As the elephant is the largest land animal, the whale is the largest creature in the sea. We should not say it is the largest fish in the sea, because it is not really a fish, though it looks like one and lives like one. It is really an animal. A full-grown whale is often forty feet long, and as it is round and flat, it looks very huge. Because whales do not breathe in the water, like fishes, they cannot stay underwater all the time, but every now and then come up to “blow”. They blow out the water, which rises in a big fountain, and breathe in the air; and then they sink down again under the surface. Sometimes on the voyage to England one may see from the ship a whale at some distance, it’s long black back above the surface of the sea, and the fountain of water spouting up from its head. But whales are not generally found so far south: they love the seas of the cold north.
Whales are hunted for the oil which they contain which is called “whale oil”, and which is used for different purposes. Hunting the whale is called “whaling” and it is a hard and dangerous job. The whalers go out in special strong ships into the northern seas and search for a “school, or shoal, of whales; for these animals move about in companies. When they see one in the distance, they leave the ship in a strong boat and row towards it.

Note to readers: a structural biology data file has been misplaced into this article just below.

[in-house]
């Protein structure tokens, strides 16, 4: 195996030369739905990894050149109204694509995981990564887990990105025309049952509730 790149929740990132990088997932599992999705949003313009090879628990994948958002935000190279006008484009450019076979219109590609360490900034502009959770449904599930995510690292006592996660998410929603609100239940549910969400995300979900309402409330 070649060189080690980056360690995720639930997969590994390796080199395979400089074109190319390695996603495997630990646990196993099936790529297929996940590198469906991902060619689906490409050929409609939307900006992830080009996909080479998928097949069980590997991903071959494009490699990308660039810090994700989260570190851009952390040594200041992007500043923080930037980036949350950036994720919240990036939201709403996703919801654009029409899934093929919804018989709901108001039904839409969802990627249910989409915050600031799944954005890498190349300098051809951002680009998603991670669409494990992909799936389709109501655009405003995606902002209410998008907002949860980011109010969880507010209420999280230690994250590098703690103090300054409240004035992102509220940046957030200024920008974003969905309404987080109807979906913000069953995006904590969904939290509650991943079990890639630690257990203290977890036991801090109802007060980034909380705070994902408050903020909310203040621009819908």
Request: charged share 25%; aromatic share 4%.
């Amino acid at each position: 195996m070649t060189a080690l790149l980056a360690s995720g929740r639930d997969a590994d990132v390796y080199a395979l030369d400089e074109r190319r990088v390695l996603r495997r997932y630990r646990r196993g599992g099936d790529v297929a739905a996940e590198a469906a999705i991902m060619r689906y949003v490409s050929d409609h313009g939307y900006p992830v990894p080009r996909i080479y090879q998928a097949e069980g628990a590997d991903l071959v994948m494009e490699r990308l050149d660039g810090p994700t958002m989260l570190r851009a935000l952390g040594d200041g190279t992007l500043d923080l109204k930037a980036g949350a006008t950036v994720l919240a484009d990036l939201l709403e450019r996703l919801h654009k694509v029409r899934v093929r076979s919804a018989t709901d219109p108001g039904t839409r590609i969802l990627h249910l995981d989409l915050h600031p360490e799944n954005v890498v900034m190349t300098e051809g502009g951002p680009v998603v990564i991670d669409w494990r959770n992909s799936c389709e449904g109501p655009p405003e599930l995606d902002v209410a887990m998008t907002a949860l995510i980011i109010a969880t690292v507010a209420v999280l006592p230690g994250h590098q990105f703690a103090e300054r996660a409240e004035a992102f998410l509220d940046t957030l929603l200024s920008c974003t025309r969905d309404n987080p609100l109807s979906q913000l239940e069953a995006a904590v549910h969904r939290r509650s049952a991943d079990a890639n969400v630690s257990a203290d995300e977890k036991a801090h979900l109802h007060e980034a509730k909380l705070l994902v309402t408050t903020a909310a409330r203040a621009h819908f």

In the bows or front, of the boat, stands the “harpooner”, who is a skilled sailor armed with a kind of heavy spear called a “harpoon” which is fastened by a very long and strong rope. When the boat gets near enough, he throws this harpoon so as to pierce and stick in the side of the whale. The wounded whale at once dives and rushes away, but it is held by the rope. A wounded whale often drags the heavy boat after it for miles before it dies, and sometimes upsets the boat But if the harpoon has been well thrown the whale, at last, gets worn out and dies, and its body comes to the surface and floats there. Then the whalers get out of the boat onto the whale’s back and begin to cut out the “blubber”, or oily fat, from its body, which they take back and store in their ships.